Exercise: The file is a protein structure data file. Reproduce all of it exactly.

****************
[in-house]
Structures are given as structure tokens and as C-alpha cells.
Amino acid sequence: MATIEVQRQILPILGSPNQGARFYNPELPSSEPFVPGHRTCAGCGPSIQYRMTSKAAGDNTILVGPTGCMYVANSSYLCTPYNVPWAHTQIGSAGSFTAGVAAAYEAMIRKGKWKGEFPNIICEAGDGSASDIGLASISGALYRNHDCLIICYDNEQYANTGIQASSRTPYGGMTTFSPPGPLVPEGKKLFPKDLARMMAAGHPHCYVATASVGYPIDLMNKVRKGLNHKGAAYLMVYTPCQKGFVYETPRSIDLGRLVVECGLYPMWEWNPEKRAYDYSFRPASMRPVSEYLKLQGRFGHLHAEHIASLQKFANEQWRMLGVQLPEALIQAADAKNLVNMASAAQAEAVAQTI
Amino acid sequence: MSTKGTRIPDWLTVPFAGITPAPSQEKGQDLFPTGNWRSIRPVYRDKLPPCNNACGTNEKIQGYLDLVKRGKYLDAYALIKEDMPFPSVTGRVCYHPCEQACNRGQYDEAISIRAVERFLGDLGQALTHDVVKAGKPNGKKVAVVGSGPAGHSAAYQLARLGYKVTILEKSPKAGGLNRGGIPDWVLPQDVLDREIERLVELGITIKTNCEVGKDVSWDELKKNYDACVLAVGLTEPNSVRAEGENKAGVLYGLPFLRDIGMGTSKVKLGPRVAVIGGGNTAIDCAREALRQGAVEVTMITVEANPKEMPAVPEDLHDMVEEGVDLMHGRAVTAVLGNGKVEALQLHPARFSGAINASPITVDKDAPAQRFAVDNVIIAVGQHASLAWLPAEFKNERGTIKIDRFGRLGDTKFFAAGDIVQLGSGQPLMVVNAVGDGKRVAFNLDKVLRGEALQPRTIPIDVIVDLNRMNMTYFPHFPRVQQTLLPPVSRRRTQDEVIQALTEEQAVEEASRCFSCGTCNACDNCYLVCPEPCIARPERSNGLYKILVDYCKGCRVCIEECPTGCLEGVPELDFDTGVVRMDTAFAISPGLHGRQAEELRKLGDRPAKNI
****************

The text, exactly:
[in-house]
Structures are given as structure tokens and as C-alpha cells.
Amino acid sequence: MATIEVQRQILPILGSPNQGARFYNPELPSSEPFVPGHRTCAGCGPSIQYRMTSKAAGDNTILVGPTGCMYVANSSYLCTPYNVPWAHTQIGSAGSFTAGVAAAYEAMIRKGKWKGEFPNIICEAGDGSASDIGLASISGALYRNHDCLIICYDNEQYANTGIQASSRTPYGGMTTFSPPGPLVPEGKKLFPKDLARMMAAGHPHCYVATASVGYPIDLMNKVRKGLNHKGAAYLMVYTPCQKGFVYETPRSIDLGRLVVECGLYPMWEWNPEKRAYDYSFRPASMRPVSEYLKLQGRFGHLHAEHIASLQKFANEQWRMLGVQLPEALIQAADAKNLVNMASAAQAEAVAQTI
Amino acid sequence: MSTKGTRIPDWLTVPFAGITPAPSQEKGQDLFPTGNWRSIRPVYRDKLPPCNNACGTNEKIQGYLDLVKRGKYLDAYALIKEDMPFPSVTGRVCYHPCEQACNRGQYDEAISIRAVERFLGDLGQALTHDVVKAGKPNGKKVAVVGSGPAGHSAAYQLARLGYKVTILEKSPKAGGLNRGGIPDWVLPQDVLDREIERLVELGITIKTNCEVGKDVSWDELKKNYDACVLAVGLTEPNSVRAEGENKAGVLYGLPFLRDIGMGTSKVKLGPRVAVIGGGNTAIDCAREALRQGAVEVTMITVEANPKEMPAVPEDLHDMVEEGVDLMHGRAVTAVLGNGKVEALQLHPARFSGAINASPITVDKDAPAQRFAVDNVIIAVGQHASLAWLPAEFKNERGTIKIDRFGRLGDTKFFAAGDIVQLGSGQPLMVVNAVGDGKRVAFNLDKVLRGEALQPRTIPIDVIVDLNRMNMTYFPHFPRVQQTLLPPVSRRRTQDEVIQALTEEQAVEEASRCFSCGTCNACDNCYLVCPEPCIARPERSNGLYKILVDYCKGCRVCIEECPTGCLEGVPELDFDTGVVRMDTAFAISPGLHGRQAEELRKLGDRPAKNI